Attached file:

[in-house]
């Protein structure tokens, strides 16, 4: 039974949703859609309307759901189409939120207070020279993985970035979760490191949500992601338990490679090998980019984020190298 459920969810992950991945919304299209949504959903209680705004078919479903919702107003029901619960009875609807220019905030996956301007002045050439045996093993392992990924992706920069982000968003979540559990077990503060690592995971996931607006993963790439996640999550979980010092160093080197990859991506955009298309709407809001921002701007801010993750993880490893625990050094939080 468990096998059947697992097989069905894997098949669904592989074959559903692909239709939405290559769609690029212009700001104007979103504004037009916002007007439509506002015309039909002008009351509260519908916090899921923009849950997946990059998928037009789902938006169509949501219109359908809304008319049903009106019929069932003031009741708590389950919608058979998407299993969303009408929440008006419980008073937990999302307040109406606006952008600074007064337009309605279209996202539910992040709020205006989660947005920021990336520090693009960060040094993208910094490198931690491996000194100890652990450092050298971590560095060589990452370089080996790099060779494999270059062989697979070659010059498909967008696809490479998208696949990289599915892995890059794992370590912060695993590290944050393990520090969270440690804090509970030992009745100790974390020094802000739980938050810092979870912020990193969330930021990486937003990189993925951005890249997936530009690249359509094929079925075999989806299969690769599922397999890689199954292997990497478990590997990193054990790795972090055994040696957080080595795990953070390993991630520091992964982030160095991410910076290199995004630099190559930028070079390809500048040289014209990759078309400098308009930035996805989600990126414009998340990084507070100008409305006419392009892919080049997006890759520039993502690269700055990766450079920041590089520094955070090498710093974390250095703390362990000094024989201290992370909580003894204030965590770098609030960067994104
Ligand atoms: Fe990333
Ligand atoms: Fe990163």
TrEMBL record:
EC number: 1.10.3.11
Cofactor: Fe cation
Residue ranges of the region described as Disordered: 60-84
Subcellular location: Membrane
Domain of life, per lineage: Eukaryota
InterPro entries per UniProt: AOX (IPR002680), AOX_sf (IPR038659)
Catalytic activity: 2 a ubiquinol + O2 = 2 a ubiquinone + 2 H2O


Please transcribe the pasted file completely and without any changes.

[in-house]
């Protein structure tokens, strides 16, 4: 039974949703859609309307759901189409939120207070020279993985970035979760490191949500992601338990490679090998980019984020190298 459920969810992950991945919304299209949504959903209680705004078919479903919702107003029901619960009875609807220019905030996956301007002045050439045996093993392992990924992706920069982000968003979540559990077990503060690592995971996931607006993963790439996640999550979980010092160093080197990859991506955009298309709407809001921002701007801010993750993880490893625990050094939080 468990096998059947697992097989069905894997098949669904592989074959559903692909239709939405290559769609690029212009700001104007979103504004037009916002007007439509506002015309039909002008009351509260519908916090899921923009849950997946990059998928037009789902938006169509949501219109359908809304008319049903009106019929069932003031009741708590389950919608058979998407299993969303009408929440008006419980008073937990999302307040109406606006952008600074007064337009309605279209996202539910992040709020205006989660947005920021990336520090693009960060040094993208910094490198931690491996000194100890652990450092050298971590560095060589990452370089080996790099060779494999270059062989697979070659010059498909967008696809490479998208696949990289599915892995890059794992370590912060695993590290944050393990520090969270440690804090509970030992009745100790974390020094802000739980938050810092979870912020990193969330930021990486937003990189993925951005890249997936530009690249359509094929079925075999989806299969690769599922397999890689199954292997990497478990590997990193054990790795972090055994040696957080080595795990953070390993991630520091992964982030160095991410910076290199995004630099190559930028070079390809500048040289014209990759078309400098308009930035996805989600990126414009998340990084507070100008409305006419392009892919080049997006890759520039993502690269700055990766450079920041590089520094955070090498710093974390250095703390362990000094024989201290992370909580003894204030965590770098609030960067994104
Ligand atoms: Fe990333
Ligand atoms: Fe990163």
TrEMBL record:
EC number: 1.10.3.11
Cofactor: Fe cation
Residue ranges of the region described as Disordered: 60-84
Subcellular location: Membrane
Domain of life, per lineage: Eukaryota
InterPro entries per UniProt: AOX (IPR002680), AOX_sf (IPR038659)
Catalytic activity: 2 a ubiquinol + O2 = 2 a ubiquinone + 2 H2O